A ruthless old real-estate tycoon billionaire, Damian Hale (Ben Kingsley: Exodus: Gods and Kings), is dying of cancer, so he has his mind transferred to a younger body (Ryan Reynolds: Woman in Gold), as you do when you’re a ruthless old man wealthy beyond belief and terrified of your mortality. Of course he doesn’t ask the tough questions about the hush-hush project of clearly dubious morality, not even when the suave mad scientist in charge, Albright (Matthew Goode: The Imitation Game), smoothly notes with a slick grin that he’s not asking the right questions. This is »
- MaryAnn Johanson
From comic-book adaptations to sci-fi, fantasy and horror. Here are the new geek-skewed shows coming to Us TV in 2016...
The world of TV has never been so crowded and, at the same time, geeks have never had it so good. As saturated as the big screen is with superhero films and sprawling shared universes, that mentality has well and truly bled onto the small screen too.
So there’s a lot of comic-book adaptations coming up in 2016 from Marvel, DC and others, but genre TV is represented across the board with science-fiction, fantasy and horror represented at pretty much every network and cable channel in the Us.
Here's some of the geek TV that will be making its way to us from the Us next year.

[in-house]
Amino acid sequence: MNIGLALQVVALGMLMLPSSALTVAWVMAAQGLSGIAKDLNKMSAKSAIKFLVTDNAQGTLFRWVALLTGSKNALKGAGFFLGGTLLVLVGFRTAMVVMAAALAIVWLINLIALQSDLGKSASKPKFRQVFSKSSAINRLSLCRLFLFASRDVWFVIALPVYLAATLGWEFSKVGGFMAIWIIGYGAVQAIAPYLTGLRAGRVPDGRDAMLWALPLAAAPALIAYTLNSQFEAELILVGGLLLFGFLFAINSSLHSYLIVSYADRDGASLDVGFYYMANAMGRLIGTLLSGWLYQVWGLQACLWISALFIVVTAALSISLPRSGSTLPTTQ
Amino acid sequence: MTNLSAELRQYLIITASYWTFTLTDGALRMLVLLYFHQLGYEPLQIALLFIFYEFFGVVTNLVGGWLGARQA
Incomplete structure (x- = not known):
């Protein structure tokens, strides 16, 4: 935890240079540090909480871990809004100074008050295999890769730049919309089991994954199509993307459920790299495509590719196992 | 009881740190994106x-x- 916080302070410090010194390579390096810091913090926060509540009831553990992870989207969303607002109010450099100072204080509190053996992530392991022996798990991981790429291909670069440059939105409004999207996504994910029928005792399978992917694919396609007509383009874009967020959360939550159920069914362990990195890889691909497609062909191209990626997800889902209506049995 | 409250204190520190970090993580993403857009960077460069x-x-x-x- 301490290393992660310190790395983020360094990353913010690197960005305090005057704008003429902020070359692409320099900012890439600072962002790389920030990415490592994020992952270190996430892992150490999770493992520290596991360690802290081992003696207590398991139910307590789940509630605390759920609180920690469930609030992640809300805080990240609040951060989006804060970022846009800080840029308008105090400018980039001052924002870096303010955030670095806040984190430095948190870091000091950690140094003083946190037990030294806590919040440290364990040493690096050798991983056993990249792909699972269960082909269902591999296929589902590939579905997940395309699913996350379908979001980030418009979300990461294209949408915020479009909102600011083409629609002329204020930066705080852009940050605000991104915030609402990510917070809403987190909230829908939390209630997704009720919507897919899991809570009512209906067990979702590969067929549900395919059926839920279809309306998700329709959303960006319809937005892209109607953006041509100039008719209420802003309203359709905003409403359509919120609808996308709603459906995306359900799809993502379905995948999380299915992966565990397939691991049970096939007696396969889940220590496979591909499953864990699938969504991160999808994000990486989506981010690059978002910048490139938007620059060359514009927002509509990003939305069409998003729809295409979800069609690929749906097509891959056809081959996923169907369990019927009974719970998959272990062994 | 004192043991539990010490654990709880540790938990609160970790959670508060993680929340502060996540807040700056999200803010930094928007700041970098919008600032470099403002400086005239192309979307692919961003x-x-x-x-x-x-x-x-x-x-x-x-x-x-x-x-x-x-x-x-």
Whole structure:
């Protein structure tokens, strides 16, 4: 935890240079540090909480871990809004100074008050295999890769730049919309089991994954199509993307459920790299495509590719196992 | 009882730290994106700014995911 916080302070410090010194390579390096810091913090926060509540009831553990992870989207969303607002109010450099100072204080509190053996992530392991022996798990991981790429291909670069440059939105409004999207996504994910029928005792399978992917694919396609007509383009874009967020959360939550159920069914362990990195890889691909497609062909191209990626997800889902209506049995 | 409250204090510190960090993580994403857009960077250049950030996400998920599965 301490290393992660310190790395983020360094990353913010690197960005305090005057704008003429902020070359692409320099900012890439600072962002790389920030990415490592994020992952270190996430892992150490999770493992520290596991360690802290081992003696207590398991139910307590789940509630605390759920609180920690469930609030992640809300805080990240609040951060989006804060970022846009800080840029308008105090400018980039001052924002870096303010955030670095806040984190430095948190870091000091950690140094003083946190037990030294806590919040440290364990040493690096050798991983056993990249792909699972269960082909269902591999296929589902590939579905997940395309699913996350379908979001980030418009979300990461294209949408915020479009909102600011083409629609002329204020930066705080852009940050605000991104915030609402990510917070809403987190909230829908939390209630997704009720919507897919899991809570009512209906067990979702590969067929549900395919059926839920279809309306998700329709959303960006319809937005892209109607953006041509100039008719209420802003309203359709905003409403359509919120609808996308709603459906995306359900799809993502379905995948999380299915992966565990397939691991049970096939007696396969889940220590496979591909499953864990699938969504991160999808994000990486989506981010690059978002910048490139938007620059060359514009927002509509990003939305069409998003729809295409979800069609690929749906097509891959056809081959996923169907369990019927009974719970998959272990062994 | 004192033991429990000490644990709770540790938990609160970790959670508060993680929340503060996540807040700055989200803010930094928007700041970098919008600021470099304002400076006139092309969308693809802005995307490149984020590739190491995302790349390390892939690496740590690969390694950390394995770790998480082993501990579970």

Aka Jessica Jones (Netflix)
Part of Netflix’s own connected slice of the McU, there has been a lot of confusion over when we »
Said to be a dark and modern (how original!) re-imagining of the L. Frank Baum’s novels, NBC's Emerald City looks to be going the True Detective route as it has enlisted Tarsem Singh to fill the directors chair for all ten episodes of the new series. Emerald City was originally ordered straight-to-series in January of 2014 but NBC ended up pulling the plug due to some creative... Read More »
- Kevin Fraser
Tarsem Singh‘s Self/less isn’t getting much love from general audiences or critics at the moment, but thankfully the filmmaker is already preparing a rebound. Singh is set to direct all ten episodes of Emerald City, NBC’s upcoming drama based on The Wizard of Oz. More details on the Tarsem Singh Emerald City project after the jump. […]
- Angie Han